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University Maker Spaces: Discovery, Optimization and Measurement of Impacts

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Collection

2015 ASEE Annual Conference & Exposition

Location

Seattle, Washington

Publication Date

June 14, 2015

Start Date

June 14, 2015

End Date

June 17, 2015

ISBN

978-0-692-50180-1

ISSN

2153-5965

Conference Session

NSF Grantees’ Poster Session

Tagged Topic

NSF Grantees Poster Session

Page Count

10

Page Numbers

26.1631.1 - 26.1631.10

DOI

10.18260/p.24967

Permanent URL

https://peer.asee.org/24967

Download Count

80

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Paper Authors

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Ricardo Jose Morocz Georgia Institute of Technology

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Ricardo graduated with honors from the University of Florida with a Bachelor's degree in Mechanical Engineering in May of 2014. He started his Master's degree in Mechanical Engineering at the Georgia Institute of Technology in Fall of 2014. He joined the Innovation, Design Reasoning, Engineering Education, and Methods (IDREEM) Lab. Ricardo is currently working on measuring the impact of university maker spaces like the Invention Studio on students' retention in STEM related field, creativity, and engineering design confidence.

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Bryan D Levy Georgia Institute of Technology

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Craig R. Forest Georgia Institute of Technology

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Craig Forest is an Associate Professor of Mechanical Engineering at Georgia Tech where he also holds program faculty positions in Bioengineering and Biomedical Engineering. He is a Fellow at the Allen Brain Institute in Seattle WA and he is one of the inaugural recipients of the NIH BRAIN Initiative Grants, a national research effort to invent the next generation of neuroscience and neuroengineering tools. He is cofounder/organizer of one of the largest undergraduate invention competitions in the US—The InVenture Prize, and founder/organizer of one of the largest student-run prototyping facilities in the US—The Invention Studio. He was named Engineer of the Year in Education for the state of Georgia (2013).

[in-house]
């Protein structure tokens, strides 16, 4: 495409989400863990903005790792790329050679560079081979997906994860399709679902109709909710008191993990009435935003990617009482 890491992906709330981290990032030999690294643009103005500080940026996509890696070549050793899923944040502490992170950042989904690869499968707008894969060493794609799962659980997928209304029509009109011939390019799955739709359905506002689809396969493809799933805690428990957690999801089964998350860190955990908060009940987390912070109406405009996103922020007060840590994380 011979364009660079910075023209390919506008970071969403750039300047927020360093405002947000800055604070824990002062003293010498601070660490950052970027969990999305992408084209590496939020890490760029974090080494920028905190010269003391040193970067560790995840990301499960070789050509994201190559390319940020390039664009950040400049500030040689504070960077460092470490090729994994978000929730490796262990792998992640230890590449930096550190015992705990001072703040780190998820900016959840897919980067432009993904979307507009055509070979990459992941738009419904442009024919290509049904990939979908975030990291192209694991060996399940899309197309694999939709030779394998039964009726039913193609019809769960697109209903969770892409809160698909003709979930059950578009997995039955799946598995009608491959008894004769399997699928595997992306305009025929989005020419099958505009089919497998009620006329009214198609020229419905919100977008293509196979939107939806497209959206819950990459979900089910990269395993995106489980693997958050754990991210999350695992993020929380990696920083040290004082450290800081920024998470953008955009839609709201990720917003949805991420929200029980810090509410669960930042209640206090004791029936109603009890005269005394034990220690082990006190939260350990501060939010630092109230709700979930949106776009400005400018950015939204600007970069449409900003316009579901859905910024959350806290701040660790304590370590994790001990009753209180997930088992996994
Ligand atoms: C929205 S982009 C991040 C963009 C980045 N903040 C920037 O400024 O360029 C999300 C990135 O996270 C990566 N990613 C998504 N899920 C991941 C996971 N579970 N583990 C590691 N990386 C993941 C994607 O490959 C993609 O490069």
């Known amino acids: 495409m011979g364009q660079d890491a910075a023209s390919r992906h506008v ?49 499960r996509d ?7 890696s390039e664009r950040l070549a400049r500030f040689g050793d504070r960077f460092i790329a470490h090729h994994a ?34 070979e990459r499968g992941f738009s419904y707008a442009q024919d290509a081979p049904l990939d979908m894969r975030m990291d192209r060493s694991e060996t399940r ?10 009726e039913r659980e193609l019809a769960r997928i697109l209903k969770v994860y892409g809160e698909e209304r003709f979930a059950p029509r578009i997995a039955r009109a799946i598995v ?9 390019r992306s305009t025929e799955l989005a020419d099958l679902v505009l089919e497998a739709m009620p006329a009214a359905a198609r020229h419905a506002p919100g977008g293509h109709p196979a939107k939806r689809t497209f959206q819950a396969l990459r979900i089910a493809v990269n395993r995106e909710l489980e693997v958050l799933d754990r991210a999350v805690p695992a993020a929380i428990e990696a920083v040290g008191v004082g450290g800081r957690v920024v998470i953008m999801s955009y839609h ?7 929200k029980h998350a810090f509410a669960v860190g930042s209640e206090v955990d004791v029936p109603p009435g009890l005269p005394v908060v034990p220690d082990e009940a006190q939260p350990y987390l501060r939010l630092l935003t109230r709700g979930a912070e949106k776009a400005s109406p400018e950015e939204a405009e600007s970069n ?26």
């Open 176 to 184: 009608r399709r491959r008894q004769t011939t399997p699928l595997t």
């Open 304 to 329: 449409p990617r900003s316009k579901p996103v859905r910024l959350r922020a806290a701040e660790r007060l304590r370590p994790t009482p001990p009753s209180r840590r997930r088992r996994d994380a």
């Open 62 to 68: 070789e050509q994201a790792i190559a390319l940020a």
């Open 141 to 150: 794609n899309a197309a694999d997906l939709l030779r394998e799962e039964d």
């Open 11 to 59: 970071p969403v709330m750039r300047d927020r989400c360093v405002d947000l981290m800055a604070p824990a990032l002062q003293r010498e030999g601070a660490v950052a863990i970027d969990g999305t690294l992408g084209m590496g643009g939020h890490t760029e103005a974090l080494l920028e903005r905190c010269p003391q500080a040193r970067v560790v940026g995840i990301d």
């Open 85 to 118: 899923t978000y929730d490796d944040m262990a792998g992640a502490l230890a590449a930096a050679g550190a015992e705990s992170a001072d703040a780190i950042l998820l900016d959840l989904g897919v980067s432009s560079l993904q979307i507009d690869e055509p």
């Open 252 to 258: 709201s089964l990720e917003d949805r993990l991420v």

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Robert L. Nagel James Madison University

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Dr. Robert Nagel is an Assistant Professor in the Department of Engineering at James Madison University. Dr. Nagel joined the James Madison University after completing his Ph.D. in mechanical engineering at Oregon State University. He has a B.S. from Trine University and a M.S. from the Missouri University of Science and Technology, both in mechanical engineering. Since joining James Madison University, Nagel has helped to develop and teach the six course engineering design sequence which represents the spine of the curriculum for the Department of Engineering. The research and teaching interests of Dr. Nagel tend to revolve around engineering design and engineering design education, and in particular, the design conceptualization phase of the design process. He has performed research with the US Army Chemical Corps, General Motors Research and Development Center, and the US Air Force Academy, and he has received grants from the NSF, the EPA, and General Motors Corporation.